Overall, I liked the premise of The Haunting of Hill House, the setting and Eleanor’s character development. It was an entertaining read, but I’ve seen this type of haunted house tale done better elsewhere and found it to be very standard for the classic horror genre.

I’d recommend The Haunting of Hill House if:

You liked The Turn of the Screw OR are looking for a pschological haunted house horror story that will play with your mind.

Have you read The Woman in Black or The Haunting of Hill House or do you plan to? Let me know in the comments!

Happy Spooktober! 🎃

Stay safe, my lovelies and keep reading.

Spooky book & film recommendations

Where has this year gone?! I feel like I’ve been in a weird time warp since Covid hit. Who am I? Where am I? When am I? Who knows? 😂 To mark the beginning of October, I decided to make a very unpredictable and unique post (/sarcasm) to share some spooky book and film recommendations for the autumn and Halloween season 🎃👻 Since I am an avid horror fan and almost exclusively watch horror films, I couldn’t resist adding some films into the mix. So here are 8 recommendations for horror/thriller books and films, 4 for each.

BOOKS

I Am Legend

This novella makes for a fast read and is ideal for a dark, spooky evening. It’s a unique vampire story with an intelligent, quick-witted and resillient protagonist. The post-apocalyptic setting is haunting and emotionally impactful and gave me The Walking Dead vibes when I read it.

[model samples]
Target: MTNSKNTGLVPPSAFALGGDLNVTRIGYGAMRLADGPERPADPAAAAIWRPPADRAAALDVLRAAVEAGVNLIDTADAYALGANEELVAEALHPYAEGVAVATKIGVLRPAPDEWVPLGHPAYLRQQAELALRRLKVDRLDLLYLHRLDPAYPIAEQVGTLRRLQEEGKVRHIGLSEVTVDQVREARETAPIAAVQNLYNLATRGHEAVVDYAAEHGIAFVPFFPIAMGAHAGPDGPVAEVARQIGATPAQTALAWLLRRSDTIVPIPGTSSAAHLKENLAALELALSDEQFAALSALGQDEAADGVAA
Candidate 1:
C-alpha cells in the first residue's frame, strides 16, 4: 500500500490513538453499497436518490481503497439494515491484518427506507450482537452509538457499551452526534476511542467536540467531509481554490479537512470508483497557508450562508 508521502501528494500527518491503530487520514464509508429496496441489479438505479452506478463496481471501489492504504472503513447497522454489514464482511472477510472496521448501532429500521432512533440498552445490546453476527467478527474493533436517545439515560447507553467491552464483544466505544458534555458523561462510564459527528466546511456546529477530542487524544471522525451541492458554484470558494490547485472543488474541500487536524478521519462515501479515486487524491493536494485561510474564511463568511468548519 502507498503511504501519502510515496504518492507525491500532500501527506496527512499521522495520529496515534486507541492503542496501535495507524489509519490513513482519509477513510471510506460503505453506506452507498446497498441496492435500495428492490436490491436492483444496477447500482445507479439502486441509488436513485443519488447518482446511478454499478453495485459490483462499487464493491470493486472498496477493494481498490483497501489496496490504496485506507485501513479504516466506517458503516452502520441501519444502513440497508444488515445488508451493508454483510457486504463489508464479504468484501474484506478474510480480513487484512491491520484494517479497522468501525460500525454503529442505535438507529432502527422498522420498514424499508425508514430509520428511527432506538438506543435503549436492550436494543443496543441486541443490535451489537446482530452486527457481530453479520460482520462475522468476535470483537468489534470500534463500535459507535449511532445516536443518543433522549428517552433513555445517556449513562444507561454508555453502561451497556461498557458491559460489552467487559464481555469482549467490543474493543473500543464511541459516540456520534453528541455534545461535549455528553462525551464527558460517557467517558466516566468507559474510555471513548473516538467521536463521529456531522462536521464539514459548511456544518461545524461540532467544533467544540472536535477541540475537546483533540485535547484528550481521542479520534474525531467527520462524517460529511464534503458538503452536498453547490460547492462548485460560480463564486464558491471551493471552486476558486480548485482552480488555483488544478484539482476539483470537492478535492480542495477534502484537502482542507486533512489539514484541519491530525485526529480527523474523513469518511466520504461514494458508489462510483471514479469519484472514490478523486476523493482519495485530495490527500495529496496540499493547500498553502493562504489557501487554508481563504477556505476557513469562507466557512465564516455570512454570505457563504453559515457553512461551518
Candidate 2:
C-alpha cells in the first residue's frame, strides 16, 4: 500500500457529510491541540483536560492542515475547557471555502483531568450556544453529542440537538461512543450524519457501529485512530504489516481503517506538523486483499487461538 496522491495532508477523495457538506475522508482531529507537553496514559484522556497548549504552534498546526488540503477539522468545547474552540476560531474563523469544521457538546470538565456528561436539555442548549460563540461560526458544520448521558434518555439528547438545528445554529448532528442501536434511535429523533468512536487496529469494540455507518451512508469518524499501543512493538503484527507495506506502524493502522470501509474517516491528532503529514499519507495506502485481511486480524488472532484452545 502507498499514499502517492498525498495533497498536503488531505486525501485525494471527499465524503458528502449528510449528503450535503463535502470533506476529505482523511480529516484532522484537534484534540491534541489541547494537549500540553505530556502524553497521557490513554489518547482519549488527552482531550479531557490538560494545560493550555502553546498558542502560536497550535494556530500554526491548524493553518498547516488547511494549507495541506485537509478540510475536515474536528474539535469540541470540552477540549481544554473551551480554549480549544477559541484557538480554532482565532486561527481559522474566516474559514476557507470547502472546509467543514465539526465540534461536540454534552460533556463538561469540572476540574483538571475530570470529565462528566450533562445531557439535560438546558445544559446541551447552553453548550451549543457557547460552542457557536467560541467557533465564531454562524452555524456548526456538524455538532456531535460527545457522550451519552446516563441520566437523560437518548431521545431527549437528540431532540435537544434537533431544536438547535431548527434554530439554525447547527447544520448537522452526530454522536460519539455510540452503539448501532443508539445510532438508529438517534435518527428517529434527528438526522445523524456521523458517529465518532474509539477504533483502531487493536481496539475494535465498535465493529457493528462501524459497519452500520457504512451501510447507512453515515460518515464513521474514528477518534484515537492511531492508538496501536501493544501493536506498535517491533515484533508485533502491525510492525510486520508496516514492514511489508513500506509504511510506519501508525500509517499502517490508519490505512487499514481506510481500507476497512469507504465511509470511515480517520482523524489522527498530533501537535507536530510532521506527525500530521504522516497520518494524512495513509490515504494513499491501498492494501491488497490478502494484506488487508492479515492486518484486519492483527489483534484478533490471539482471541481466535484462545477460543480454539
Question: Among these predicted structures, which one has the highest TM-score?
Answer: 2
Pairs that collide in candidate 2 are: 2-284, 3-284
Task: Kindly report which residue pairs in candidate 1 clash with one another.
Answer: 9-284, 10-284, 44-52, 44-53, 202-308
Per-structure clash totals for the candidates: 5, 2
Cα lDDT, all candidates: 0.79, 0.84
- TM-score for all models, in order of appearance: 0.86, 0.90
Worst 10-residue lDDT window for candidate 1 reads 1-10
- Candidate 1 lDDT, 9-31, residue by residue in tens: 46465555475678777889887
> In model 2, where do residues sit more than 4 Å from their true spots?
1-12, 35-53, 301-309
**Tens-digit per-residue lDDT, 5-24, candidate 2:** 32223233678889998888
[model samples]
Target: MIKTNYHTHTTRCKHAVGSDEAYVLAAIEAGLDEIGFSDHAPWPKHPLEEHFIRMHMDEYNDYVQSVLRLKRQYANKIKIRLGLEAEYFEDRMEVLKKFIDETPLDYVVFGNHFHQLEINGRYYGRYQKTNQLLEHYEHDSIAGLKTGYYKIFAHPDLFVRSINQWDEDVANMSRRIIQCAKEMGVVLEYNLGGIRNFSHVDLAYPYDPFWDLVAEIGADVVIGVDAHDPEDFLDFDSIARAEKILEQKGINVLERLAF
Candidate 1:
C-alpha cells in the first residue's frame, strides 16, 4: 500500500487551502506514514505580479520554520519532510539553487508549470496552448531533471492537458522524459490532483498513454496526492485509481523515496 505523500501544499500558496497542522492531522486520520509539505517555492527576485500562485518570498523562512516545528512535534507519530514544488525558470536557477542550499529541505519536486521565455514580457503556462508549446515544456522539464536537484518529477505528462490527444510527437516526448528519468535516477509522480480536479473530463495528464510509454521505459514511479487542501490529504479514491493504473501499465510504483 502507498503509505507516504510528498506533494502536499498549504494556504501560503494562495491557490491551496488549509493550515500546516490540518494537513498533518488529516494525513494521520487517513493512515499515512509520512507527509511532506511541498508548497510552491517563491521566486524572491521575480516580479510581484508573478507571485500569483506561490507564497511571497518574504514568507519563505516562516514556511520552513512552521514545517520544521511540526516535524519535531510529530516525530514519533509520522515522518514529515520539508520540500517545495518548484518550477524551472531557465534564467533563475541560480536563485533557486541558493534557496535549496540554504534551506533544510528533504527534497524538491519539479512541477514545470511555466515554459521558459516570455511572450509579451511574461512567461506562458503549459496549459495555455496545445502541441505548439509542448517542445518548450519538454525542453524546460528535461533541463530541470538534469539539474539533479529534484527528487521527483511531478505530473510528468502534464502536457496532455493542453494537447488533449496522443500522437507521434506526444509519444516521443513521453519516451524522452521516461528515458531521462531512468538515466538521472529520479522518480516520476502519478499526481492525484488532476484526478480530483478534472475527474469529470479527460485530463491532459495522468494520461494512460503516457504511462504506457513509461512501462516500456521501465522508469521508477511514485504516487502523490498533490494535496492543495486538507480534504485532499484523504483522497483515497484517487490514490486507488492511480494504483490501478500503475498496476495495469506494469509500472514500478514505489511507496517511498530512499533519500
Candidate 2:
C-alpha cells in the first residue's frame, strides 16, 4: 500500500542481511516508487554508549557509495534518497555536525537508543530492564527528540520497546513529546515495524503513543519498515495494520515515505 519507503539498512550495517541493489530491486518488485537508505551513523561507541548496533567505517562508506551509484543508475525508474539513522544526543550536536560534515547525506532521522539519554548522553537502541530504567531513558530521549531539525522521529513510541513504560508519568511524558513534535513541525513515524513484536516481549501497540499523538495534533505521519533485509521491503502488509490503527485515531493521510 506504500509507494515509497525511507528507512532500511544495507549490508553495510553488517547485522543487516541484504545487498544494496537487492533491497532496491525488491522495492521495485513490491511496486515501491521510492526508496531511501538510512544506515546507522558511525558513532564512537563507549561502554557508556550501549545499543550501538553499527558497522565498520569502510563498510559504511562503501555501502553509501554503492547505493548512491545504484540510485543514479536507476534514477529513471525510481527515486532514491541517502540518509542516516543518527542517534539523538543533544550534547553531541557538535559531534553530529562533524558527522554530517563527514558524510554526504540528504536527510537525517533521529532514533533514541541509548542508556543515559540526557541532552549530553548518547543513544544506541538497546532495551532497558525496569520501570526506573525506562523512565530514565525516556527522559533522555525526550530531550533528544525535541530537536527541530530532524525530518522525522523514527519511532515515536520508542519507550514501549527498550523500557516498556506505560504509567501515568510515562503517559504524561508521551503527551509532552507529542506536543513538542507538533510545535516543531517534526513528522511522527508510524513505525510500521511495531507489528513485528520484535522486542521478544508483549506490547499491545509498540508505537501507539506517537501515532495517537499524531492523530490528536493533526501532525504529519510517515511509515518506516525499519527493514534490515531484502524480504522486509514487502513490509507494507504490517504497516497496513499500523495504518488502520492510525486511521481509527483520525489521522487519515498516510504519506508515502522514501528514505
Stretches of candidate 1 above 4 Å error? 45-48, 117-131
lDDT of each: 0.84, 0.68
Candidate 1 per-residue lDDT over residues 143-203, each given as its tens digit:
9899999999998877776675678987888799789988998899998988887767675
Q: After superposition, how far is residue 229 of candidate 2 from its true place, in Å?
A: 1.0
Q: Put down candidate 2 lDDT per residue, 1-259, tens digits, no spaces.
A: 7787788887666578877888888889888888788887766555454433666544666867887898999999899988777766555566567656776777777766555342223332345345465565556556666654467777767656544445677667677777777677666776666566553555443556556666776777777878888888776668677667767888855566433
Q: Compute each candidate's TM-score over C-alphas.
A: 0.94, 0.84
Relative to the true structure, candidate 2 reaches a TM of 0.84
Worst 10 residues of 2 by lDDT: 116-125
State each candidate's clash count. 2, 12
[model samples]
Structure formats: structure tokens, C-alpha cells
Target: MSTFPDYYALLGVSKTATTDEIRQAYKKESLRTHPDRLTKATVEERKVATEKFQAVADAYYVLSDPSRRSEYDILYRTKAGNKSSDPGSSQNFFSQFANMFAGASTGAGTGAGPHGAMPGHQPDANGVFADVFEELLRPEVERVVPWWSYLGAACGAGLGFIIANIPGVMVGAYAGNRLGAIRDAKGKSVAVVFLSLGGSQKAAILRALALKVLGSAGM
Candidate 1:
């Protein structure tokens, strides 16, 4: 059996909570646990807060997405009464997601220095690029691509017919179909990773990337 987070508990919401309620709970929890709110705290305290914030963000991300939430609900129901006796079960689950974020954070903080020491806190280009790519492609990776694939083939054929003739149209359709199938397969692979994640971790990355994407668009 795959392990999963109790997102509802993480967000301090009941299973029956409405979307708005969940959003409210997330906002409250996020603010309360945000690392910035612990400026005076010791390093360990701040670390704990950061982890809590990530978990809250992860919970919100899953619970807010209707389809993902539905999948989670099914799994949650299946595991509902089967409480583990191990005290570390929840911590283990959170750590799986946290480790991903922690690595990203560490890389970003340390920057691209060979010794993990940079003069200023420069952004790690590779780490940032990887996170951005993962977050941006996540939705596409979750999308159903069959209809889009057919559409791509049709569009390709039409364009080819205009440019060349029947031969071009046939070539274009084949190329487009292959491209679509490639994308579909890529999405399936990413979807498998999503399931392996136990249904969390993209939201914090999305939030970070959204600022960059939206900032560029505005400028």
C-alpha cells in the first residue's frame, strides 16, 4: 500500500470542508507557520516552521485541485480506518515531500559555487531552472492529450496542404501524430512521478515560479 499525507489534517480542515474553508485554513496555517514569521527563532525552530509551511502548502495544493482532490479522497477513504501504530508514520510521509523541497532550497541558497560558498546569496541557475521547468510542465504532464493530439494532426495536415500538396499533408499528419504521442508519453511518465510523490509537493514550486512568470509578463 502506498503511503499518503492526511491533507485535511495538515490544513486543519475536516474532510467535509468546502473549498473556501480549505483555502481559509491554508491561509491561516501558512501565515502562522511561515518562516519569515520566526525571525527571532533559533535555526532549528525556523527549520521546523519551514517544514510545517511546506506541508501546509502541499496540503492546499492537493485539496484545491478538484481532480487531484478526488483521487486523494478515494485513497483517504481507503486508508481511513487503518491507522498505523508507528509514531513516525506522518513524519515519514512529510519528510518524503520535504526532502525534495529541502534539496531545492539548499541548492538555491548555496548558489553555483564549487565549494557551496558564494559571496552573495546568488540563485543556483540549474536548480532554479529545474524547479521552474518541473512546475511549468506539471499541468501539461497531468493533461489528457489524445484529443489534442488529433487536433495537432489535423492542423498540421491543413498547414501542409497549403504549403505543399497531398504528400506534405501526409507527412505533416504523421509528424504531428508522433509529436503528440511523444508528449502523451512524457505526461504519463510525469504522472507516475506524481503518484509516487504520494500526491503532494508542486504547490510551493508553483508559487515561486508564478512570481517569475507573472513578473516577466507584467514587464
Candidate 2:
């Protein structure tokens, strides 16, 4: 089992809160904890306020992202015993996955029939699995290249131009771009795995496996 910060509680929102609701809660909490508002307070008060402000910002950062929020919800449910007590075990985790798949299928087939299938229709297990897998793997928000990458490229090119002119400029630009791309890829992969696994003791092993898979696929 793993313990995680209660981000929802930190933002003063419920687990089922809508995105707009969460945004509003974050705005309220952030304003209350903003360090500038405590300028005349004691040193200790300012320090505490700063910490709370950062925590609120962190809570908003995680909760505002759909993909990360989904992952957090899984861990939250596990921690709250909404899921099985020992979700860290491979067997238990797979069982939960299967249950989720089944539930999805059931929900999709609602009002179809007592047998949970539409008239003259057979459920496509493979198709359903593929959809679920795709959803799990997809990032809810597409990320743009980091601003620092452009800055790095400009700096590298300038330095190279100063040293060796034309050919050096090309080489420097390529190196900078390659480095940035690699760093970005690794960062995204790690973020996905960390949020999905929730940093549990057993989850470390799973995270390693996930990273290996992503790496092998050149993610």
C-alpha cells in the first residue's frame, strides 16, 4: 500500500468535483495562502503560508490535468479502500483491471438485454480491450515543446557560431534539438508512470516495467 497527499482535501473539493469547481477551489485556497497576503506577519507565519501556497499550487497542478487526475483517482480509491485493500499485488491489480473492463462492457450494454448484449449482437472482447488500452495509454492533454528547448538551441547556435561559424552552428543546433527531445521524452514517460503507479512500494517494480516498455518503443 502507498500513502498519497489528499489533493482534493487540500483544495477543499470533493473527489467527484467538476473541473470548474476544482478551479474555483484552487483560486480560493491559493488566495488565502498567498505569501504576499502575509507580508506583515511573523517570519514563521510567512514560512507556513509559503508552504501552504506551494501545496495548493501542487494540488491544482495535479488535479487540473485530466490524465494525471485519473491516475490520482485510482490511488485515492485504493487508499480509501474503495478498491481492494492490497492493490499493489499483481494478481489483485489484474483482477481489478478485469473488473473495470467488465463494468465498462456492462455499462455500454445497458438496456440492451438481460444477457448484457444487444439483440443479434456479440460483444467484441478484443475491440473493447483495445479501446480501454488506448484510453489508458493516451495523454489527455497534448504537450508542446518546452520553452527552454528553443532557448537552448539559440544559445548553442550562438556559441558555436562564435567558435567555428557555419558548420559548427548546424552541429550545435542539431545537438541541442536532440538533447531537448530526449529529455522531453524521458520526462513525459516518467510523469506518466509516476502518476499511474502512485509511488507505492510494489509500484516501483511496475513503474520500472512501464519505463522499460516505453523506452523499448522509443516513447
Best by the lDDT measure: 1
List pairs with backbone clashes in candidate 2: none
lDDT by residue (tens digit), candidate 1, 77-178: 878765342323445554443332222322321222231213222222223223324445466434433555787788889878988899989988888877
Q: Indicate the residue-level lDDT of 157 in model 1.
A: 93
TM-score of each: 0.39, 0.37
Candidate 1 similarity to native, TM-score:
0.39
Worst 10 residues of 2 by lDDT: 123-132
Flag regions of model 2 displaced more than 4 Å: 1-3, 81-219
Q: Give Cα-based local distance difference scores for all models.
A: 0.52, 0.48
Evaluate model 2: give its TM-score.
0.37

Pet Sematary

Stephen King is generally not an author for me, and of all the King novels I’ve read, Pet Sematary is the only one I would recommend. It’s haunting, disturbing and provides a gruelling insight into the meaning of death and grief. There are scenes in this book that are genuinely spine tingling. The honesty and emotion that is depicted combined with the horror elements makes this an unforgettable and terrifying read.

If We Were Villains

This dark academia is the ideal autumnual read. It’s set at a performance university that specialises in Shakespeare and, like all dark academia’s follows a group of students in the aftermath of the mysterious deaths of one of their friends. It’s fast paced mystery that’s both dramatic and hard-hitting with Shakespearian influences running throughout.

Dracula